It’s Saturday morning at Asheville City Market. Music wafts through the hallway of the Masonic Temple as customers chat with farmers and do their shopping for the week.
All around the room, farmers stand behind tables full of eggs, meat, cheese, and plenty of winter vegetables. You might think winter would be a slower season for farmers, but some say it’s even more profitable to sell their food during the winter.
“At this time of year if you have something green it just flies off the shelf,” says Ryan Clark Fiddler’s Green Farm. “We’re in the Southeast, so it’s possible without too much extra effort to grow things into and through the winter, so we go for it.”
Missy Huger from Jake’s Farm in Candler stands behind a table of arugula, kale, and collards. She says some customers are even more excited about produce during the wintertime. How does she feel about all the people crowded around her table?
“I’m thrilled. Absolutely thrilled. It was interesting because last week we had a big line out the front door and we were sold out by 10 minutes past nine. So it’s 25 past nine now, and we’ll have enough until 10:30 I reckon, which is good, it’s great. We like the winter market. Much better to sell in the winter than the summer, from our point of view. There’s not as many of us doing this sort of thing in the wintertime. We have greenhouses and not a lot of people do, so that makes a difference,” she says.
Mike McCreary has been the Asheville City Market manager for the past 10 years. He says he’s seen more customer demand at farmers markets since the early days. “I think that’s part of the explanation of why winter markets have come into being is folks don’t stop eating, and they don’t stop wanting fresh produce. If there are customers and a place where folks can go to buy, then the farmers will grow it,” he says.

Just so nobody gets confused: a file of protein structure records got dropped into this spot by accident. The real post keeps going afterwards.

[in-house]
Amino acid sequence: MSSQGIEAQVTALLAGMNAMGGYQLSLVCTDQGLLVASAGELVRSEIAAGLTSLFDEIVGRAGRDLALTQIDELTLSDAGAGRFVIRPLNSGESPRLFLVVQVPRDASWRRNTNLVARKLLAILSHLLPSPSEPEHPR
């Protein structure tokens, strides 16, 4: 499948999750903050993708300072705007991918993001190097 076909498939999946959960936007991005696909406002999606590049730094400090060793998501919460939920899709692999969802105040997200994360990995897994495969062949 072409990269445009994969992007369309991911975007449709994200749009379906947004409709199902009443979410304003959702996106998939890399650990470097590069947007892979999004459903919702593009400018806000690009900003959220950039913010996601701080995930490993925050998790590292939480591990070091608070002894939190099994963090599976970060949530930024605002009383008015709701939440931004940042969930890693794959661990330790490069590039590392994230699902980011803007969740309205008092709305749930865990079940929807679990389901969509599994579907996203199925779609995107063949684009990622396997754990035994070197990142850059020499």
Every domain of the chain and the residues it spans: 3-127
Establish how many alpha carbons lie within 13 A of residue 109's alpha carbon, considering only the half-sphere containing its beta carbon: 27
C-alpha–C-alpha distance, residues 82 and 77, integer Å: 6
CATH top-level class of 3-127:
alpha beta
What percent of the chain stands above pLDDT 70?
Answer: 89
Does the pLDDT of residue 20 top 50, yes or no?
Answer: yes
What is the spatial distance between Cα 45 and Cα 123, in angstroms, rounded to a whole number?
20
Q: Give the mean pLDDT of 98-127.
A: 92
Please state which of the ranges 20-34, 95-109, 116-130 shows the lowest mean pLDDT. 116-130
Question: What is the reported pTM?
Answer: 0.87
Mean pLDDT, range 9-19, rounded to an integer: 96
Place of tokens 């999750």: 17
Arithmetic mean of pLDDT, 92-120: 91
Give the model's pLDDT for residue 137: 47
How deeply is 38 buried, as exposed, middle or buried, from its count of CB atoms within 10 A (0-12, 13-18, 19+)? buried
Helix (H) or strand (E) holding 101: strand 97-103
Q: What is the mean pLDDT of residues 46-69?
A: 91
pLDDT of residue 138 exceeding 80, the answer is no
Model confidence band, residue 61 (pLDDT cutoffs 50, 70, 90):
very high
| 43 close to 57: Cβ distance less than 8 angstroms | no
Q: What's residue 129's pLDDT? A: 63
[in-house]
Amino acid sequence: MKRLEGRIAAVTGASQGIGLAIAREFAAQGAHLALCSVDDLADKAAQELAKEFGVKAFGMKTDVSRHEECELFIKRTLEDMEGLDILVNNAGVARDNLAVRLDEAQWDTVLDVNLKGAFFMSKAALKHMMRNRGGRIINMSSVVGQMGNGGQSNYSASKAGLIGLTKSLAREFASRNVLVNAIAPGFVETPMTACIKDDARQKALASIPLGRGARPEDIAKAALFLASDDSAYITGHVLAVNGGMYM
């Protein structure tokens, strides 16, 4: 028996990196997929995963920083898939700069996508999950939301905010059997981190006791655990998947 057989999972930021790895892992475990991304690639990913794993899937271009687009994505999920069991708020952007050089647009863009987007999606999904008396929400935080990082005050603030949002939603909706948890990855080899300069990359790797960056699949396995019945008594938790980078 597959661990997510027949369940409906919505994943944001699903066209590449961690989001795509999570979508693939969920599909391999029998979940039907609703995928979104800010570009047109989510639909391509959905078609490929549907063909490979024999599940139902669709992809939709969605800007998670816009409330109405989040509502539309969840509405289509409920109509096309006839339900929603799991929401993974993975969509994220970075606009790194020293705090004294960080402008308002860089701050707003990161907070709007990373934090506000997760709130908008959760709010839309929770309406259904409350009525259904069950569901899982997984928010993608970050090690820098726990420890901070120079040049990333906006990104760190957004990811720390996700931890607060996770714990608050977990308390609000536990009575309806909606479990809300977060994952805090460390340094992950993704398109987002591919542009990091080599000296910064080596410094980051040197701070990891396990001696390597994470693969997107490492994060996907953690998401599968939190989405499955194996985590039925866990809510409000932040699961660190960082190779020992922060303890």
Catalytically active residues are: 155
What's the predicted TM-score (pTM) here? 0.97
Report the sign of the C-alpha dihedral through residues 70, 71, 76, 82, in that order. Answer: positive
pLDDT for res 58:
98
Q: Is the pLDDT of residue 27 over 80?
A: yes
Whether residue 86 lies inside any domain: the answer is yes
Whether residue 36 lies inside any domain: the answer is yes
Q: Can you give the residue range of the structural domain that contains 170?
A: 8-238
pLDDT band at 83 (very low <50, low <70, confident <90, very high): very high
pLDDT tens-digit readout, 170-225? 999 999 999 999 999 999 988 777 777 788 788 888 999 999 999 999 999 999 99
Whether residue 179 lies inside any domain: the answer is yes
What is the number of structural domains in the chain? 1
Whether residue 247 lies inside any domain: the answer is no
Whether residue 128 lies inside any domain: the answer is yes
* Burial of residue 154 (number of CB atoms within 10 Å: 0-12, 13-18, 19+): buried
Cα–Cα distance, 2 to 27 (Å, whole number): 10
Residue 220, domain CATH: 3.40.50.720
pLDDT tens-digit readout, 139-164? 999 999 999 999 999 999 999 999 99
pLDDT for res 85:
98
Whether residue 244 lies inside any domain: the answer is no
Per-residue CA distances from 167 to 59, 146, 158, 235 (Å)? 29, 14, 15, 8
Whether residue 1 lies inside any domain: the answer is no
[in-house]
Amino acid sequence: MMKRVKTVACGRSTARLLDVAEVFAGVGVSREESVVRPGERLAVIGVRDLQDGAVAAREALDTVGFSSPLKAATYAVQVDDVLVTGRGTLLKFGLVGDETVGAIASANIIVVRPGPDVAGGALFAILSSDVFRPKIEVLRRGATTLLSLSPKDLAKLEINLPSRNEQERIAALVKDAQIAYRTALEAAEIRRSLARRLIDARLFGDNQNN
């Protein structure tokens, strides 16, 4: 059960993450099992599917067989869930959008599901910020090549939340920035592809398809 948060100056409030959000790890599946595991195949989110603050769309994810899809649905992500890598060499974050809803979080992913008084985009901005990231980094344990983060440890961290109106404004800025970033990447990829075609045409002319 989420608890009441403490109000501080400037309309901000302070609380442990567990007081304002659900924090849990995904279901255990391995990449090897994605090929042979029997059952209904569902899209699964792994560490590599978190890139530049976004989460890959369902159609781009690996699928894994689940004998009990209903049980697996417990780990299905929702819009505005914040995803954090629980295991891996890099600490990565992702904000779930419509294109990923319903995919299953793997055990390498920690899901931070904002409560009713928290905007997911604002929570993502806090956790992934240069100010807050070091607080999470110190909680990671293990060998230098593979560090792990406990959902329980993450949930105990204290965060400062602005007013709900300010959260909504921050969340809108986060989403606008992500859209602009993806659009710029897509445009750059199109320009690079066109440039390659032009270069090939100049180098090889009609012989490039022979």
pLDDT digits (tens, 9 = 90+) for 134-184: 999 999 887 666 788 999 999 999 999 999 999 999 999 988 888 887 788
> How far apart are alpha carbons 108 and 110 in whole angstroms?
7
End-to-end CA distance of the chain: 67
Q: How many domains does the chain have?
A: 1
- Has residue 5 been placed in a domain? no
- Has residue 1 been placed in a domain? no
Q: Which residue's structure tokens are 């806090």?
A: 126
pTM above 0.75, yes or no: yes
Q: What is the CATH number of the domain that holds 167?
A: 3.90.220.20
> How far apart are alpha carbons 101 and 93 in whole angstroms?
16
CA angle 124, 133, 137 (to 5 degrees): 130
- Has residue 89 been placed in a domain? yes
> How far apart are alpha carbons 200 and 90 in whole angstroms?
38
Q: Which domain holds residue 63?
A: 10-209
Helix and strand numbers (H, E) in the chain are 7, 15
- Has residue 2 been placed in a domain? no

Market assistant Trish Tripp says some produce even tastes better during winter. “The winter greens are all so much sweeter now because once that frost hits them the flavor profile of winter greens just jumps up a ton. It’s sweeter, deeper, and good.”
Judging from the big crowd this morning, customers are eager to bring home this winter bounty. Farmers markets have an amazing array of food during the winter like eggs, meat, cheese, hot sauce, and honey. Some markets have coffee and baked goods for customers to savor as they do their weekly shopping.
Market manager Mike McCreary says it’s the dedication of customers that helps the winter market thrive. “I think that that’s really the driving force of the success of the market is folks who yearn for, long for, can’t do without their local produce.”
Find winter farmers markets in your area at www.appalachiangrown.org